It’s been three months since I started working full-time as the Director of Missional Renewal in our diocese. The first month or so focused on understanding the new role, getting to know leaders throughout the diocese, and starting to engage with congregations.
I have been grateful for opportunities to preach, to facilitate conversations, workshops, and processes in parishes, while simultaneously working in the background on the Implementation Plan our diocese approved at Synod earlier in 2023. The implementation plan, approved as a companion piece to a provisional “Values, Vision, and Mission,” outlines a plan by which the communities of this diocese can support one another as we seek to participate in God’s mission of love, reconciliation, and justice in the world.
As disciples of Jesus, God invites us to come together and listen for the liberating word of the God who still speaks today. As we gather together in prayerful listening; as we turn our attention to the needs in our communities; we discern together what faithful witness to God in Christ looks like. It’s not magic. It’s not about learning the right formula or program. It’s about listening deeply and intentionally for God and serving Jesus as we encounter him in our neighbours and neighbourhoods.
I was recently meeting with a congregation discerning their next faithful steps. As we were discussing the congregation’s energy level, the programs it had sustained in the past, and the challenges of building maintenance, a member of the group shared an image they had been toying with. “This moment,” they said, “is kind of like realising the kids aren’t moving back home.” It’s not easy. There are memories wrapped up in rooms and photos, in toys now boxed and in the closet. There are memories of a house once busy and full, memories that bring happiness and joy. The leader continued, “The problem is, I’m just worried we’re going to spend our pension heating all these rooms we don’t use any more.”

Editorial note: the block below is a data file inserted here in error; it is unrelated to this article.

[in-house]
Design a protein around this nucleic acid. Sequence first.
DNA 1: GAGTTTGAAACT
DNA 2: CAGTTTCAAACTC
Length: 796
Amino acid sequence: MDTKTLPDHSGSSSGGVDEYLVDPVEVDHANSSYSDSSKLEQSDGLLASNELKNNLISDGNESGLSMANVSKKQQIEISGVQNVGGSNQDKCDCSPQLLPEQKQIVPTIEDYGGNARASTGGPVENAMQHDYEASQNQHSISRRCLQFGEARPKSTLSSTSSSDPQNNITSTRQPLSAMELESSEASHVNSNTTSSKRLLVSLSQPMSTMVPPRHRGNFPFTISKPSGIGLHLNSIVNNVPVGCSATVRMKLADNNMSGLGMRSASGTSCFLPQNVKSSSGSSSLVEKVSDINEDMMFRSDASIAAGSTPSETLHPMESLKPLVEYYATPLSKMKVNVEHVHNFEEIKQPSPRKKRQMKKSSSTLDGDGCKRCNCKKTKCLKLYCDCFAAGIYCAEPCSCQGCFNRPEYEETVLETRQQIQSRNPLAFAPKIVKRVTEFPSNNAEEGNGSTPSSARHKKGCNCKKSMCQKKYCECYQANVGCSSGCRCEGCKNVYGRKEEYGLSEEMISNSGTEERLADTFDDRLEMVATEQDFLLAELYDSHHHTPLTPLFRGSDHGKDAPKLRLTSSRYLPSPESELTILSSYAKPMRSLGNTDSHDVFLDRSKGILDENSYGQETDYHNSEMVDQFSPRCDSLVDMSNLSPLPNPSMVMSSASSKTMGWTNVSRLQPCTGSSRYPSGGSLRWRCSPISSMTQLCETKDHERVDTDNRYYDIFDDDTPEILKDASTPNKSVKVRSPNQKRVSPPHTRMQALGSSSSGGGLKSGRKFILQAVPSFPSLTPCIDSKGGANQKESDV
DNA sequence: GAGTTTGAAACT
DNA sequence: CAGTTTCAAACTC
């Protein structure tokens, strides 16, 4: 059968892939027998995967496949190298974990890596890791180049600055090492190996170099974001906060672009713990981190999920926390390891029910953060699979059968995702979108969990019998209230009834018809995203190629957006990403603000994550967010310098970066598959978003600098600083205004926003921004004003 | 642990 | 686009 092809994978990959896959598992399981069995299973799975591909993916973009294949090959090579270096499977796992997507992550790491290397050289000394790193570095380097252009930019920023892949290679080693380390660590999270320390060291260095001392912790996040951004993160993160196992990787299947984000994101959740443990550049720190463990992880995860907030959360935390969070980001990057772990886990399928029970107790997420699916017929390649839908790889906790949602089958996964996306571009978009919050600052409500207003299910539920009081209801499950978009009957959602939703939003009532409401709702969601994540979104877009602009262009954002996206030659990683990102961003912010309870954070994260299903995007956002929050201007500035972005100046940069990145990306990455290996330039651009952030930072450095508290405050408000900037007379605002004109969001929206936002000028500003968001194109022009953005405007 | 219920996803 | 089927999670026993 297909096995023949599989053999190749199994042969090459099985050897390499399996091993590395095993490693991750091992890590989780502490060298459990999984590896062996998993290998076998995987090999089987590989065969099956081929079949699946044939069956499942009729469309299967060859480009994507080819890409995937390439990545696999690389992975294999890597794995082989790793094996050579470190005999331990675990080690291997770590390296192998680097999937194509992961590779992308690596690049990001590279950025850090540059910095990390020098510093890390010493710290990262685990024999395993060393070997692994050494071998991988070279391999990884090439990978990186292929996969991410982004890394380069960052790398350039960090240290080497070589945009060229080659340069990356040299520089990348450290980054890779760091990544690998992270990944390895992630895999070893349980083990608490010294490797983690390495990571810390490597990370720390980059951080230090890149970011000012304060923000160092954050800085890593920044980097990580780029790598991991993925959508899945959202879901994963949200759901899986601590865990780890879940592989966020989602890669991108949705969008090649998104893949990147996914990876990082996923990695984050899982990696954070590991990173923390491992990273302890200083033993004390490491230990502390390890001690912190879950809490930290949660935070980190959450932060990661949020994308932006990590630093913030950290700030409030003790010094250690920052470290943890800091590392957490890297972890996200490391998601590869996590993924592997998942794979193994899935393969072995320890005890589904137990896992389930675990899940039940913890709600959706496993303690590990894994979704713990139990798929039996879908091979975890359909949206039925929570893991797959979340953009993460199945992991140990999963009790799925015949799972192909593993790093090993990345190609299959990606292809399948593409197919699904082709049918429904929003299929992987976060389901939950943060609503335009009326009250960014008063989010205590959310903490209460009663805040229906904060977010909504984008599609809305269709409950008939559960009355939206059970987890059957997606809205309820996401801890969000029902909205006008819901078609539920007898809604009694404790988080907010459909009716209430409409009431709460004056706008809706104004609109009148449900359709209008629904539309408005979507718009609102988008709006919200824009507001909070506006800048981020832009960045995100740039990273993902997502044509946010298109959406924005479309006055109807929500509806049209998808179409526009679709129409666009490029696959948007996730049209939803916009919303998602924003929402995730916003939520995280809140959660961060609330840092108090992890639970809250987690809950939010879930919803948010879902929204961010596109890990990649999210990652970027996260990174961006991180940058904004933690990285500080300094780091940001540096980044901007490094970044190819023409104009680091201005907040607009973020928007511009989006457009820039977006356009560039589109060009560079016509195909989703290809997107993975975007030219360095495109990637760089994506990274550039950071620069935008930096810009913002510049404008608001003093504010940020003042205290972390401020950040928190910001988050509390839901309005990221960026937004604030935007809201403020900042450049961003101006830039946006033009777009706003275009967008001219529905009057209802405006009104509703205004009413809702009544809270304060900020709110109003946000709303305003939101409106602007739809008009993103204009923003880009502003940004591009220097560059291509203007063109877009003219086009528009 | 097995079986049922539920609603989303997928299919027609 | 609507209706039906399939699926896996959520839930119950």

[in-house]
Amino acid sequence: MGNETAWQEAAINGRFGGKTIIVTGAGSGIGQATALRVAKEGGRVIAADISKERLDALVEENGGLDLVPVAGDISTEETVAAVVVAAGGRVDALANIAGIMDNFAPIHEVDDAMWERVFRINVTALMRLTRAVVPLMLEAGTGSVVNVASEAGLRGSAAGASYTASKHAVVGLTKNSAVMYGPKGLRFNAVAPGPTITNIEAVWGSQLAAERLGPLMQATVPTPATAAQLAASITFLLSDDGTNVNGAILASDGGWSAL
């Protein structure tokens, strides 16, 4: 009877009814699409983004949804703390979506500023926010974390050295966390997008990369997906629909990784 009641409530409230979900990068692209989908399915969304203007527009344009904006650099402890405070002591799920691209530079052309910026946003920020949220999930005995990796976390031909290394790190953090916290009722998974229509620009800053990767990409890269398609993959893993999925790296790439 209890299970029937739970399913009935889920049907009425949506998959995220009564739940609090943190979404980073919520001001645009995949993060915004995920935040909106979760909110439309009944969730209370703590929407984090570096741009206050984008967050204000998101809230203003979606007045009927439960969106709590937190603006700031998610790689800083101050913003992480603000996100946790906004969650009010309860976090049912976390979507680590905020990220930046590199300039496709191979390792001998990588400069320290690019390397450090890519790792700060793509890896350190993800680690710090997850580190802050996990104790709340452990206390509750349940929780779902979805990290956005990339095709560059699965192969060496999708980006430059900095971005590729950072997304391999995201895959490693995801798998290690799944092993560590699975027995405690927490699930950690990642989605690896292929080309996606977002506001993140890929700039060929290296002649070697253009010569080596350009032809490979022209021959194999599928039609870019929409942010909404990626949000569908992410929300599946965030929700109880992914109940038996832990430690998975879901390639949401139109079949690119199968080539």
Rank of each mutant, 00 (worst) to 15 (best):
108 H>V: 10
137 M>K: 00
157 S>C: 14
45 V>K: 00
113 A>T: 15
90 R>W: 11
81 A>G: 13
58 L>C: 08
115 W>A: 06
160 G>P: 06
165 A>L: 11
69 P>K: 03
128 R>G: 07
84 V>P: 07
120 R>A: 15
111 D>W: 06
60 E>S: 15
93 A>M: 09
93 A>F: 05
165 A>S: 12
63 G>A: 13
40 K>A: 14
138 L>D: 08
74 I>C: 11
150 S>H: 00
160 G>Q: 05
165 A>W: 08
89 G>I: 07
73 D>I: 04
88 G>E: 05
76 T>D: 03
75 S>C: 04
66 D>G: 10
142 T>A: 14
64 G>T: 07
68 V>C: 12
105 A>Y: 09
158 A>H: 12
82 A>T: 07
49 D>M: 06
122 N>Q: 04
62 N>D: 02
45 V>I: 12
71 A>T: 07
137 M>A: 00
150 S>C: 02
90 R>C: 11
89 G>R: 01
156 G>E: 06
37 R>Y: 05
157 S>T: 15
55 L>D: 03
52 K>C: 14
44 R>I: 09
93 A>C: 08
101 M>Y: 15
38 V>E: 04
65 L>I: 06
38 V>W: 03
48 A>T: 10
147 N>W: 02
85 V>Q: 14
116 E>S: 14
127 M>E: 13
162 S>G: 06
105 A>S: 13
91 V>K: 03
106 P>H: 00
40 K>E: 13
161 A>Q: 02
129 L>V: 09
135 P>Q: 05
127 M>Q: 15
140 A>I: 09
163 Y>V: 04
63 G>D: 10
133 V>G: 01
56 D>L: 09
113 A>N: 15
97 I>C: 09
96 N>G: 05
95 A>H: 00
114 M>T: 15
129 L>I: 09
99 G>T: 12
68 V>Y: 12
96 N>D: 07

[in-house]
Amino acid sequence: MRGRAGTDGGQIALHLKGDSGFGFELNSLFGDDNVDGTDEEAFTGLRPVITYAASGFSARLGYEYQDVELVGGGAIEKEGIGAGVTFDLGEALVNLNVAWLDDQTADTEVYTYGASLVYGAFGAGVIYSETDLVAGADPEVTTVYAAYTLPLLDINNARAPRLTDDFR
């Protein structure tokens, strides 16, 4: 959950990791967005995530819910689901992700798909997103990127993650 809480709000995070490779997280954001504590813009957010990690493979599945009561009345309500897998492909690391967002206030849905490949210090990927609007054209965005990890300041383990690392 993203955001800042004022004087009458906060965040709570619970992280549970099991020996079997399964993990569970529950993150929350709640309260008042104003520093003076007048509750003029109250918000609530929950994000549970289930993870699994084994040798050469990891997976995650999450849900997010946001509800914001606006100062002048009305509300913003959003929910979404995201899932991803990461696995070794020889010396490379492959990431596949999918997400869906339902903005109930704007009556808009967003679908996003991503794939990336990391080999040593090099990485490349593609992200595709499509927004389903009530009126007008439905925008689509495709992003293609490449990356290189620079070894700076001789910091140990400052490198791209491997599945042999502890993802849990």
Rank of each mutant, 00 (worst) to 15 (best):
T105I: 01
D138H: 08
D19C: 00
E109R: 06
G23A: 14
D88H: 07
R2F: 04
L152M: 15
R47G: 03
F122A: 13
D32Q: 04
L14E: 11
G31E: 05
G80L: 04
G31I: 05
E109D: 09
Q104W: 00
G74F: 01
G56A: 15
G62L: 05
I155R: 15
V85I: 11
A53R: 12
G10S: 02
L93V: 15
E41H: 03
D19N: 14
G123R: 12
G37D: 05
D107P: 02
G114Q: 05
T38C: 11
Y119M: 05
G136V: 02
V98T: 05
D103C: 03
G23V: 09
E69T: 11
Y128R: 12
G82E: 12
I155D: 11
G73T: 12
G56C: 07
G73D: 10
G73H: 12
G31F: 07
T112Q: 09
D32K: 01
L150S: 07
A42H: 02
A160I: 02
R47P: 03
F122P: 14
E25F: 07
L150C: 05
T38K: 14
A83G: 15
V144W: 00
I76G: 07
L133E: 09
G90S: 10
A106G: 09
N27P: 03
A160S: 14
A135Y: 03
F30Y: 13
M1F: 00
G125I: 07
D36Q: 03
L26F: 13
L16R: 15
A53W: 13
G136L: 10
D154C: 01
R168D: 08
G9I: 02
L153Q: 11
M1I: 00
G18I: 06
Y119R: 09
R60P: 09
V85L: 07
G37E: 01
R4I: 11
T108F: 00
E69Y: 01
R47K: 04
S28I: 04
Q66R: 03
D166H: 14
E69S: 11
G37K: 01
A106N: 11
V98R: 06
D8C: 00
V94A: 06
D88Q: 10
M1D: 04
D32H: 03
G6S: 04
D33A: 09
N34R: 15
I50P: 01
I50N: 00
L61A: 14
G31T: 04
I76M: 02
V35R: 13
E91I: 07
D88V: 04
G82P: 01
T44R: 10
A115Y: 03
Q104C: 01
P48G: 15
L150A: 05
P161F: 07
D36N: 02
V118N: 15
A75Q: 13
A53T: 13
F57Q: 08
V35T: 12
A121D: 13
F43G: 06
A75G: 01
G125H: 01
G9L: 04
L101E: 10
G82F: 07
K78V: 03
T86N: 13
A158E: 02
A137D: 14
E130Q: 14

There are multiple solutions to this challenge, of course. Each solution requires prayerful discernment.
And yet, at the heart of our challenge is this: in the midst of all that we are facing, do we believe that God still speaks? Do we believe that God still loves? Do we believe that God will still act in our midst for the good of God’s people and the good of Creation?
There are plenty of times I worry that we have (wrongly) believed that numbers are an indicator of God’s favour. Yet throughout the scriptures, God regularly works with small groups of faithful people “to do more than we can ask or imagine.” God works with misfits and remnants. God works with migrants and refugees. God works with outcasts and sinners.
Numbers are numbers, but if God is anything, God is faithful.
God works with you and me. When two or three are gathered, we are reminded, God is there. God speaks. God acts. God acts through small groups of people to bring healing, liberation, and hope to a world hurting, captive, and downtrodden. All of which is to say that while the church is facing a variety of challenges, we have faced challenges far greater over the last two thousand years. In it all, God has been faithful. God is faithful. God will remain faithful.
Our challenge, then, is this: how might we gather in ways that empower us to vulnerably open our lives to God and to one another? How might we be transformed in heart, mind, soul, and strength? How might we cultivate thriving communities, of any size, who embody and bear witness to God’s love through Christ for all of Creation?